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Drill-Press Recommendations Please

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Forum topic by PG_Zac posted 1976 days ago 768 views 0 times favorited 4 replies Add to Favorites Watch
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PG_Zac

366 posts in 2021 days


1976 days ago

Hi Guys, Gals, and any Others

Sometime in the next few months, I’ll be buying a drill press, and I’d like to pick your collectives brains.

I have NEVER used a drill-press before. Oh yes, I have had a press thing that I used to fix my hand drill in, but never a dedicated drill-press.

Space will not be an issue, and the budget is fairly generous. This machine won’t be limited to wood working, but any metal or plastic work will be minimal, so I’m not really going to make allowance for that work.

Unfortunately, in South Africa we have a very limited selection of makes and models, so I’m hoping you can give me pointers to desirable features and capacities, rather than specific makes and models.

For example,

  • I would like a tilt table, but how much tilt is useful, and in which direction/s?
  • What plunge depth is good to have? I’ve seen one with 80mm plunge, but that seems very limiting to me.
  • Am I being unreasonable?
  • What range of speed is good to have?
  • Should the spindle have a Morse taper, or is a plain chuck good enough?

Plus all sorts of other things I haven’t even thought of because I’ve never used one.

I have some pretty decent machines, and I’d hate to go and buy a POS drill-press because I’m dof or just inexperienced. Any and all suggestions are welcomed. As you can probably see, I know nuttin’ about drill-presses, so please don’t yank my chain and send me in the wrong direction.

(dof=stupid in Afrikaans)

Thanks for your time and willingness to share.

-- I may be schizophrenic, but at least I have each other.


4 replies so far

View marcb's profile

marcb

762 posts in 2306 days


#1 posted 1976 days ago

80MM of plunge seems a bit light. 4” or 6” is the standards I’m used to seeing on larger presses. 4” is fine for most things.

For non wood, or large bits in wood you want a good low end speed range. I have an older press with 8 different speeds with a 250RPM low end, and a blindingly fast high end. Tiny drill bits need super fast speeds, large bits need super slow speeds. A good speed range would be my main consideration.

A morse taper is a good thing to have, mine is a plain chuck with a locking collar (JT 33C) which is a good compromise that didn’t go far in life.

I don’t have a tilt table but wouldn’t mind one, Left and right seem the most useful to me, I’ve seen some that tilt forward some.

View PurpLev's profile

PurpLev

8476 posts in 2281 days


#2 posted 1976 days ago

~6” plunge is good, some people prefer the most they can get, but I think 4”-6” is good enough for most work, if you need more you can always take it in a couple of passes (for those rare cases).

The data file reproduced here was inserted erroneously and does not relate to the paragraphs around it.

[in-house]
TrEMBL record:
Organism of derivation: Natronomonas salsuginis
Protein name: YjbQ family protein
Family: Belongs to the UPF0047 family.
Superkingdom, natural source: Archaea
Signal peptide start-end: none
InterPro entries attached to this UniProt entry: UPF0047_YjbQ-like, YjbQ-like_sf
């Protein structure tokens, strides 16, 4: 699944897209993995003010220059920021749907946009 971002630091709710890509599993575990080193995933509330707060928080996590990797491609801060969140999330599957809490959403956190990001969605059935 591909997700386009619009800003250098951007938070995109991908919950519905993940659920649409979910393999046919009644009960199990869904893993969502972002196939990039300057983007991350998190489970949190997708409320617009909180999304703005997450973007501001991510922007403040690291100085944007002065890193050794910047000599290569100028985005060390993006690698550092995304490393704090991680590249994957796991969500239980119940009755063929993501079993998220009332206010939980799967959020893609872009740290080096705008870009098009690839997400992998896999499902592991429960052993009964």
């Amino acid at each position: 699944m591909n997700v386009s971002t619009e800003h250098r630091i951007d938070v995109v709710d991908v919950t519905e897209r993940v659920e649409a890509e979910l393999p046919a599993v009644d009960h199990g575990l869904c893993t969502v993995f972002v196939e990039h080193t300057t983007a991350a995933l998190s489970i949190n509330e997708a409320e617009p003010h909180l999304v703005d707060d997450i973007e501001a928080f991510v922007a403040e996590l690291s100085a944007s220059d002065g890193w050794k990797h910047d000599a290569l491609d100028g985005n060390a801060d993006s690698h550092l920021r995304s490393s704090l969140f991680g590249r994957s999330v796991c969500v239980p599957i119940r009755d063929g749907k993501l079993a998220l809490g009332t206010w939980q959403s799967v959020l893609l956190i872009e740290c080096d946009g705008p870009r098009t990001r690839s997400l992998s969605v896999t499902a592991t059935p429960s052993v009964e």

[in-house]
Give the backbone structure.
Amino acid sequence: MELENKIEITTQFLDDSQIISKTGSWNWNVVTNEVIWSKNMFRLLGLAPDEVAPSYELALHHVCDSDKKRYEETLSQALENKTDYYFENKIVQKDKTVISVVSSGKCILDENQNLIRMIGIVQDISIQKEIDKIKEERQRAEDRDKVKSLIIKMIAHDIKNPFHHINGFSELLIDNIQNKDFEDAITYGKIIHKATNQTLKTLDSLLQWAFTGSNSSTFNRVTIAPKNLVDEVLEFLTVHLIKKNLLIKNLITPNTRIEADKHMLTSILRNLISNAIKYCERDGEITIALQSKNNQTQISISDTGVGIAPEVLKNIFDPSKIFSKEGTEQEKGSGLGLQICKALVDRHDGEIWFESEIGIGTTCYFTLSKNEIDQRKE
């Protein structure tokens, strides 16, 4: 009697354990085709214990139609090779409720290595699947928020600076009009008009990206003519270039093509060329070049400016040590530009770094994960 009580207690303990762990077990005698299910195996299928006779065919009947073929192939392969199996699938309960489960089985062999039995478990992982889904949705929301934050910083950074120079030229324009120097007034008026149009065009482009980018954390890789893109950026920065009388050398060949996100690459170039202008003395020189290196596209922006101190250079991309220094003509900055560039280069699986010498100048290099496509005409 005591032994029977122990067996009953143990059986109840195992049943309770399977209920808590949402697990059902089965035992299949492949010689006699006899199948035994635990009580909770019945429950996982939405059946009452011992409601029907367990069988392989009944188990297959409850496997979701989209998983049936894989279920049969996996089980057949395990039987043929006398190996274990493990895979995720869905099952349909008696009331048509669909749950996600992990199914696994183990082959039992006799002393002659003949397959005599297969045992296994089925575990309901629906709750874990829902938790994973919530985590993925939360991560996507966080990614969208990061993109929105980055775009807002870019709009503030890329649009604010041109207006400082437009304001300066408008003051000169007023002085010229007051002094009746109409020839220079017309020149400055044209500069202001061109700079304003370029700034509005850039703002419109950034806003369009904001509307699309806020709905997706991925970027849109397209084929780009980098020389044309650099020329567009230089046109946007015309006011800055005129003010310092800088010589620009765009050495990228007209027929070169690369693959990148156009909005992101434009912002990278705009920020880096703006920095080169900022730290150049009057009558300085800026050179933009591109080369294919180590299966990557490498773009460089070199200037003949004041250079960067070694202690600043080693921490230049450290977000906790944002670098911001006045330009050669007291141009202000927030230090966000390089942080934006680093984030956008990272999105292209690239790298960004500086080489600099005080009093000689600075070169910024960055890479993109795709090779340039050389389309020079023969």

tilt table – so far all the DP I’ve seen (mine included) have a rather crappy table trunnion and adjusting it to angles, and back to 90 can be a pain- I find that 0, and 90 are 99% of the operations of the drill press I use, and for those other cases (mostly 45) I’ll just setup a fixture that will hold the workpiece at an angle while leaving the table at 0 degree. if you’ll go to my blog about making the drill press table you can see that I’ve made my aux.table to accommodate for 0 and 90 degrees without having to tilt the table at all.

If you want to work with metal, make sure your drill press can work at lower speeds (~800rpm?) (also good for boring large holes in wood) and for intricate work in wood have a speed at ~2000rpm – I personally am lazy, and unless I bore really large holes, I’ll just settle for the ~1200 mid range speed on my DP, and leave it at that (I shouldn’t, but I do).

One more thing to consider is whether you want a keyless chuck, or a keyed chuck, while some people will stick to the keyed chuck saying that it holds the drill better (which it does) I find that after upgrading to a keyless chuck that I do not have any problems with bits setting loose, and replacing bits is a peace of cake – I will never go bask to keyed chuck.

Also on the chuck issue – make sure you get a 5/8 chuck that can take larger shank drill bits if you intend to bore larger holes, OR, if you won’t use larger bits, and plan on using very fine drill bits -use a 1/2” chuck as it can hold small drill bits better.

size of the drill press represents the ability of the drill press to drill in the middle of a piece of that size – meaning – a 12” drill press can reach the middle of a 12” piece (hence the center of drill bit is 6” away from the drill column). depending on the type of work you plan to do with it – plan ahead, so that you are not limited by this factor, although for most work, you don’t really require a wide reach. I have a 16.5” DP and find it more than enough for all my work. never reached anywhere close to fully utilizing it’s size.

If money is not an issue – I’d opt to get a Variable speed DP.. makes things easier, and no need to mess around with pulleys.

-- ㊍ When in doubt - There is no doubt - Go the safer route.

View marcb's profile

marcb

762 posts in 2306 days


#3 posted 1976 days ago

He brings up some good points. I have a 15 1/2” DP and it just misses sometimes in terms of depth. A 17ish DP would be really nice.

A used Clausing or Powermatic VS (or a couple others with reeves drive) will be a lifetime drillpress.

View Woodchuck1957's profile

Woodchuck1957

944 posts in 2396 days


#4 posted 1976 days ago

The best bang for the buck that I know of is the Steel City 17” drill press.

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